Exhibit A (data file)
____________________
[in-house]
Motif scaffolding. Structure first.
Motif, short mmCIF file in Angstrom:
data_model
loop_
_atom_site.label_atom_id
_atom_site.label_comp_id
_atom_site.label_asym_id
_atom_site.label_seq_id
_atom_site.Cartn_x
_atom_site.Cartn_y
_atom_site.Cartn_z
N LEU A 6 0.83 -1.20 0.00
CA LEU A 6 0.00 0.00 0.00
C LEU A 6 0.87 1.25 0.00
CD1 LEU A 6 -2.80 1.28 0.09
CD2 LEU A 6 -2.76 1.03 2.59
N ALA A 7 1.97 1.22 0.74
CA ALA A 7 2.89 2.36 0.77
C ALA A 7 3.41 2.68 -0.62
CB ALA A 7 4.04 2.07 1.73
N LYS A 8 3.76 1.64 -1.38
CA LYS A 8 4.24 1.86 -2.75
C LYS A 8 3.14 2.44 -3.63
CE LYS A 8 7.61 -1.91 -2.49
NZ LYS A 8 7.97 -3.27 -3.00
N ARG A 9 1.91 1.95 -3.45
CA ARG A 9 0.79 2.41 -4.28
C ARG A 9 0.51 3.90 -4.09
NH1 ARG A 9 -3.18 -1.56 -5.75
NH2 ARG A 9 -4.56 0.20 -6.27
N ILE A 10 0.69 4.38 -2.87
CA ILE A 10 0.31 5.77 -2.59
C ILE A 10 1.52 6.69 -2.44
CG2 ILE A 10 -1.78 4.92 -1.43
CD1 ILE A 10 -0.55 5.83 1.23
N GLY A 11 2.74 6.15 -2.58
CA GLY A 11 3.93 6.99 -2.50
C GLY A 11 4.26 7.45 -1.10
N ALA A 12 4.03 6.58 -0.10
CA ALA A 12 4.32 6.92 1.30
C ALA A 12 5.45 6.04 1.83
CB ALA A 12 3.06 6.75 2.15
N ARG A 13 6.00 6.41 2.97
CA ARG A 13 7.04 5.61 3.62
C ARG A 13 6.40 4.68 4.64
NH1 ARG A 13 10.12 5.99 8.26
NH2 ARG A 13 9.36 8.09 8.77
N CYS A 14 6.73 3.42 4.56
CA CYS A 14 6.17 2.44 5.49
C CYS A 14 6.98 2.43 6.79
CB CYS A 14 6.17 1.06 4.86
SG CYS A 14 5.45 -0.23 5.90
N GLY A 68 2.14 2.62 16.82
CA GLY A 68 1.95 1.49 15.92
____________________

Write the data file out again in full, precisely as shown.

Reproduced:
[in-house]
Motif scaffolding. Structure first.
Motif, short mmCIF file in Angstrom:
data_model
loop_
_atom_site.label_atom_id
_atom_site.label_comp_id
_atom_site.label_asym_id
_atom_site.label_seq_id
_atom_site.Cartn_x
_atom_site.Cartn_y
_atom_site.Cartn_z
N LEU A 6 0.83 -1.20 0.00
CA LEU A 6 0.00 0.00 0.00
C LEU A 6 0.87 1.25 0.00
CD1 LEU A 6 -2.80 1.28 0.09
CD2 LEU A 6 -2.76 1.03 2.59
N ALA A 7 1.97 1.22 0.74
CA ALA A 7 2.89 2.36 0.77
C ALA A 7 3.41 2.68 -0.62
CB ALA A 7 4.04 2.07 1.73
N LYS A 8 3.76 1.64 -1.38
CA LYS A 8 4.24 1.86 -2.75
C LYS A 8 3.14 2.44 -3.63
CE LYS A 8 7.61 -1.91 -2.49
NZ LYS A 8 7.97 -3.27 -3.00
N ARG A 9 1.91 1.95 -3.45
CA ARG A 9 0.79 2.41 -4.28
C ARG A 9 0.51 3.90 -4.09
NH1 ARG A 9 -3.18 -1.56 -5.75
NH2 ARG A 9 -4.56 0.20 -6.27
N ILE A 10 0.69 4.38 -2.87
CA ILE A 10 0.31 5.77 -2.59
C ILE A 10 1.52 6.69 -2.44
CG2 ILE A 10 -1.78 4.92 -1.43
CD1 ILE A 10 -0.55 5.83 1.23
N GLY A 11 2.74 6.15 -2.58
CA GLY A 11 3.93 6.99 -2.50
C GLY A 11 4.26 7.45 -1.10
N ALA A 12 4.03 6.58 -0.10
CA ALA A 12 4.32 6.92 1.30
C ALA A 12 5.45 6.04 1.83
CB ALA A 12 3.06 6.75 2.15
N ARG A 13 6.00 6.41 2.97
CA ARG A 13 7.04 5.61 3.62
C ARG A 13 6.40 4.68 4.64
NH1 ARG A 13 10.12 5.99 8.26
NH2 ARG A 13 9.36 8.09 8.77
N CYS A 14 6.73 3.42 4.56
CA CYS A 14 6.17 2.44 5.49
C CYS A 14 6.98 2.43 6.79
CB CYS A 14 6.17 1.06 4.86
SG CYS A 14 5.45 -0.23 5.90
N GLY A 68 2.14 2.62 16.82
CA GLY A 68 1.95 1.49 15.92